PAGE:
With her first and only feature film—a hard-luck drama she wrote, directed, and starred
in—Barbara Loden turned in a groundbreaking work of American independent cinema,
bringing to life a kind of character seldom seen on-screen. Set amid a soot-choked
Pennsylvania landscape, and shot in an intensely intimate vérité style, the film takes up
with distant and soft-spoken Wanda (Loden), who has left her husband, lost custody of
her children, and now finds herself alone, drifting between dingy bars and motels, and
callously mistreated by a series of men—including a bank robber who ropes her into
his next criminal scheme. A rarely seen masterpiece that has nonetheless exerted an
outsize influence on generations of artists and filmmakers, Wanda is a compassionate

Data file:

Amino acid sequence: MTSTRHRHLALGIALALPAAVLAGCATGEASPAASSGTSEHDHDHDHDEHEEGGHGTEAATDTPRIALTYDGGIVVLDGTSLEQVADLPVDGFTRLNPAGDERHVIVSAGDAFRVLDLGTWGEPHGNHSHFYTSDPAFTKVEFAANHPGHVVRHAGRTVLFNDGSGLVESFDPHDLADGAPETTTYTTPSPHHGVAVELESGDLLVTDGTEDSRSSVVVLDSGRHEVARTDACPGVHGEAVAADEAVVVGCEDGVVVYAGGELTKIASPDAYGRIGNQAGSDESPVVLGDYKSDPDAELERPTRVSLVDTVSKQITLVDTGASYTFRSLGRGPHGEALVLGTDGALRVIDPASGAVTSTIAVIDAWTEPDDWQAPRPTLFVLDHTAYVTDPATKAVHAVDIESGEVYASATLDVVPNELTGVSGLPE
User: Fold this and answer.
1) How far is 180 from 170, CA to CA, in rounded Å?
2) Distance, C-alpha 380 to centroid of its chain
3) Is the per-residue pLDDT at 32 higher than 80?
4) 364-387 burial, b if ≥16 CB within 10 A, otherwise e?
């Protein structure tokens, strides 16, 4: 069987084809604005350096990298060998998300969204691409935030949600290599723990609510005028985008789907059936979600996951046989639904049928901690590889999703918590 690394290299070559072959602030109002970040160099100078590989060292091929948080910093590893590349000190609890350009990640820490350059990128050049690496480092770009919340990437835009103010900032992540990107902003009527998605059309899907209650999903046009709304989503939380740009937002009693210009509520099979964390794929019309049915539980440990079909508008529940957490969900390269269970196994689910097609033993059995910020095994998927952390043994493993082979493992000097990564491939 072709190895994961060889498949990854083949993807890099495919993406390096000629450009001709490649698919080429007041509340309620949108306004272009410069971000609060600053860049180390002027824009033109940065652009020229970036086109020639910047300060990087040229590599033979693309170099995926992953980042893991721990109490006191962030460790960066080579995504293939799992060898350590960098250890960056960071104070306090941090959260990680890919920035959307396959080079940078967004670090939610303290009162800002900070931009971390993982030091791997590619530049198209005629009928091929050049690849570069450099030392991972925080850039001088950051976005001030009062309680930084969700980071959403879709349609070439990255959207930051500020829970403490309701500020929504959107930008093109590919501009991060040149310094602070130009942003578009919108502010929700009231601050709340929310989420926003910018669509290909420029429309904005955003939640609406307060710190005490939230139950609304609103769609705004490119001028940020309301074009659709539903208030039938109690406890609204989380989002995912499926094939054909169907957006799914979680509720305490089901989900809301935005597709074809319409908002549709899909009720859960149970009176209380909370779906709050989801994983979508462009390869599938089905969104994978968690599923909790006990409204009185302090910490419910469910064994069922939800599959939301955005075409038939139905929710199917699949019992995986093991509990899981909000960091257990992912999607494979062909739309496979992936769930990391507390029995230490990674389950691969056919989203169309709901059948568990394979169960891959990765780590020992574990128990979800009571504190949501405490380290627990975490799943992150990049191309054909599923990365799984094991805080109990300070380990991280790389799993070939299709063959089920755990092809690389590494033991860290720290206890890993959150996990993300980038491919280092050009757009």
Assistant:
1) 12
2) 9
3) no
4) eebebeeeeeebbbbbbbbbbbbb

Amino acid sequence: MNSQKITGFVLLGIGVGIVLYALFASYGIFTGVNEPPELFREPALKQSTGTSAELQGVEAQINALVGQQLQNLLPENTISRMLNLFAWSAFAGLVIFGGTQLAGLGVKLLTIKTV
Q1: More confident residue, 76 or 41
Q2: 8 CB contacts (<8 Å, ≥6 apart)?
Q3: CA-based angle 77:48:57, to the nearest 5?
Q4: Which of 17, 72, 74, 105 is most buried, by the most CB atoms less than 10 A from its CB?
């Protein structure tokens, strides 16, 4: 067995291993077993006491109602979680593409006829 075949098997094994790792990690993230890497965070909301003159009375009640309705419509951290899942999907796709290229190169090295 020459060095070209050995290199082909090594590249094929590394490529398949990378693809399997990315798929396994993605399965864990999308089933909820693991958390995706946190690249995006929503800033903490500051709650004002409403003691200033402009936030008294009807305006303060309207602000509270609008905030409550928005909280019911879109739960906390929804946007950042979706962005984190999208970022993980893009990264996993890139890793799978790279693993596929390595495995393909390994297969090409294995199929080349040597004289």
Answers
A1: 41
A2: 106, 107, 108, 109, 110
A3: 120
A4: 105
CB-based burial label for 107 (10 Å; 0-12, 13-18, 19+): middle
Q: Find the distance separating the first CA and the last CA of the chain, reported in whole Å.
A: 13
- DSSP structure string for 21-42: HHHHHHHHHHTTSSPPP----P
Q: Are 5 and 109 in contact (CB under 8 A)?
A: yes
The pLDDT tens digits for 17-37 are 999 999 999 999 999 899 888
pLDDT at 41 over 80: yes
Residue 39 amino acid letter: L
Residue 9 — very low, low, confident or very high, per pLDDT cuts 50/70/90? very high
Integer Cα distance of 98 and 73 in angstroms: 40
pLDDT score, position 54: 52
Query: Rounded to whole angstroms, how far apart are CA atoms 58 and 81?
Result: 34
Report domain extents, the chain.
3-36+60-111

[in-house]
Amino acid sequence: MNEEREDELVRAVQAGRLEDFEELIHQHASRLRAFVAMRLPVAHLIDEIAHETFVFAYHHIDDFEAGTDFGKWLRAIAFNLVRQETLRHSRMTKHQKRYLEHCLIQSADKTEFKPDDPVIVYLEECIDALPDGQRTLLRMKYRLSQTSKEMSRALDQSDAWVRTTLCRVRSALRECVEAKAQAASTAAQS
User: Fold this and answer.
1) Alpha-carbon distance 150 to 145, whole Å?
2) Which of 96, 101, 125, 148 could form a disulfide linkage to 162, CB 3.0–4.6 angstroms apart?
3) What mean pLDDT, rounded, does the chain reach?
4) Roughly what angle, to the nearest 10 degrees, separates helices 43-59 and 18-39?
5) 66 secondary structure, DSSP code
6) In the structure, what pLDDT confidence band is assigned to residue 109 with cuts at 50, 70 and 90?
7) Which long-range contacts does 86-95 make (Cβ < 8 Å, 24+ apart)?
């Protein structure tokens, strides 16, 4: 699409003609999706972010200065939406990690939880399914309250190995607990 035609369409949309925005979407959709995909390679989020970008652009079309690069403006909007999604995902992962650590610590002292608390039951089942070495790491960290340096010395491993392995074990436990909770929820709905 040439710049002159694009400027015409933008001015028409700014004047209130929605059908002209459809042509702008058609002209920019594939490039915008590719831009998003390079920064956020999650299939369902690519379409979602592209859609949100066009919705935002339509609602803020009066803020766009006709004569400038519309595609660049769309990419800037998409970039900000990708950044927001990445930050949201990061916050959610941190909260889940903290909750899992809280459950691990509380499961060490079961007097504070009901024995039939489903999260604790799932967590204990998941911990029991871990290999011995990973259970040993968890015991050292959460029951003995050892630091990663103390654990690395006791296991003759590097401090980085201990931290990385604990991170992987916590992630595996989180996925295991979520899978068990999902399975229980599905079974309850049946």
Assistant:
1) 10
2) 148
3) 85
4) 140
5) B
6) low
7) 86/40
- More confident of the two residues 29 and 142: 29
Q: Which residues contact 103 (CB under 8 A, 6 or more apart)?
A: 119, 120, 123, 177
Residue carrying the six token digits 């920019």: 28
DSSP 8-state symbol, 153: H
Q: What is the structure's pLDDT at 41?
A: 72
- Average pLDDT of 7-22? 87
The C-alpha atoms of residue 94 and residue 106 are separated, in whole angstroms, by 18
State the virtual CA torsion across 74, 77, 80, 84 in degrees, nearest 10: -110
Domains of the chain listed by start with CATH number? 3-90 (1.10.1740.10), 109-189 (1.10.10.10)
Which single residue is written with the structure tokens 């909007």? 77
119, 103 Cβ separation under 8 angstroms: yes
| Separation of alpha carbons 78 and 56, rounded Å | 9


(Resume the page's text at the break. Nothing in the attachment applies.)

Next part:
and wrenching portrait of a woman stranded on society’s margins.
Restored by UCLA Film & Television Archive. Restoration funding provided by The Film Foundation and GUCCI.
With his lush and sensual visuals, pitch-perfect soundtracks, and soulful romanticism, Wong Kar Wai has established himself as one of the defining auteurs of contemporary cinema.
“No one sees anything. Ever. They watch, but they don’t understand.” So observes Connie Nielsen in Olivier Assayas’s hallucinatory, globe-spanning Demonlover, a postmodern neonoir thriller and media critique in which nothing—not even the film itself—is what it appears to be.
DCP, Blu-ray, DVD
An intoxicating, time-bending experience bathed in the golden glow of oil lamps and wreathed in an opium haze, Hou Hsiao-hsien’s gorgeous period reverie traces the romantic intrigue, jealousies, and tensions swirling around a late 19th century Shanghai brothel, where the courtesans live confined to a gilded cage, ensconced in opulent splendor yet forced to work to buy back their freedom.